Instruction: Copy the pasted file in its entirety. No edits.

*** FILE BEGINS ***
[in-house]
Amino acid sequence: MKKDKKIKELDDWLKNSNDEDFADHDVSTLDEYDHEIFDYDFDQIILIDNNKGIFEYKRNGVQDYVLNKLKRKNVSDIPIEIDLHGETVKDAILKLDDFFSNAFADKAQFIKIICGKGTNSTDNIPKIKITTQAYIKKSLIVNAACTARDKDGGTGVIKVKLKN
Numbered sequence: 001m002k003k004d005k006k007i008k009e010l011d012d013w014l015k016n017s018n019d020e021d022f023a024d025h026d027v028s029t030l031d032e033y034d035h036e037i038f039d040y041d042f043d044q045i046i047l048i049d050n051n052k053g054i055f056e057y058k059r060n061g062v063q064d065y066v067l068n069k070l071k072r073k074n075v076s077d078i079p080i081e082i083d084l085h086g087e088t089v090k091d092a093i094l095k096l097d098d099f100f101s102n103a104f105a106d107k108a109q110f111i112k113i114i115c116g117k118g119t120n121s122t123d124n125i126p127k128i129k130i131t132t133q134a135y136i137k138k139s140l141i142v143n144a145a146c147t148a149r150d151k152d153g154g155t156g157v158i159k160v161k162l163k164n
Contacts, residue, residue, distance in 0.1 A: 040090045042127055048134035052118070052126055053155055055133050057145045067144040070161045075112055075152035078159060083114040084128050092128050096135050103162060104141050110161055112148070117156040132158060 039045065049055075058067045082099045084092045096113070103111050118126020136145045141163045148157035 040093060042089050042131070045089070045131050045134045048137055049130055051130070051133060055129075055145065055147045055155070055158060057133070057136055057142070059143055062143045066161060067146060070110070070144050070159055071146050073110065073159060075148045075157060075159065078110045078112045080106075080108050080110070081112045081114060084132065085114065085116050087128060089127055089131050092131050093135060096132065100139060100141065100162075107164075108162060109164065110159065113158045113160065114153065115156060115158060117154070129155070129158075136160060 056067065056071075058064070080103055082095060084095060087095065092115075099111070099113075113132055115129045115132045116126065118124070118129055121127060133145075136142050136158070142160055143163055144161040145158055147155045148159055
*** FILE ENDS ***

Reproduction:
[in-house]
Amino acid sequence: MKKDKKIKELDDWLKNSNDEDFADHDVSTLDEYDHEIFDYDFDQIILIDNNKGIFEYKRNGVQDYVLNKLKRKNVSDIPIEIDLHGETVKDAILKLDDFFSNAFADKAQFIKIICGKGTNSTDNIPKIKITTQAYIKKSLIVNAACTARDKDGGTGVIKVKLKN
Numbered sequence: 001m002k003k004d005k006k007i008k009e010l011d012d013w014l015k016n017s018n019d020e021d022f023a024d025h026d027v028s029t030l031d032e033y034d035h036e037i038f039d040y041d042f043d044q045i046i047l048i049d050n051n052k053g054i055f056e057y058k059r060n061g062v063q064d065y066v067l068n069k070l071k072r073k074n075v076s077d078i079p080i081e082i083d084l085h086g087e088t089v090k091d092a093i094l095k096l097d098d099f100f101s102n103a104f105a106d107k108a109q110f111i112k113i114i115c116g117k118g119t120n121s122t123d124n125i126p127k128i129k130i131t132t133q134a135y136i137k138k139s140l141i142v143n144a145a146c147t148a149r150d151k152d153g154g155t156g157v158i159k160v161k162l163k164n
Contacts, residue, residue, distance in 0.1 A: 040090045042127055048134035052118070052126055053155055055133050057145045067144040070161045075112055075152035078159060083114040084128050092128050096135050103162060104141050110161055112148070117156040132158060 039045065049055075058067045082099045084092045096113070103111050118126020136145045141163045148157035 040093060042089050042131070045089070045131050045134045048137055049130055051130070051133060055129075055145065055147045055155070055158060057133070057136055057142070059143055062143045066161060067146060070110070070144050070159055071146050073110065073159060075148045075157060075159065078110045078112045080106075080108050080110070081112045081114060084132065085114065085116050087128060089127055089131050092131050093135060096132065100139060100141065100162075107164075108162060109164065110159065113158045113160065114153065115156060115158060117154070129155070129158075136160060 056067065056071075058064070080103055082095060084095060087095065092115075099111070099113075113132055115129045115132045116126065118124070118129055121127060133145075136142050136158070142160055143163055144161040145158055147155045148159055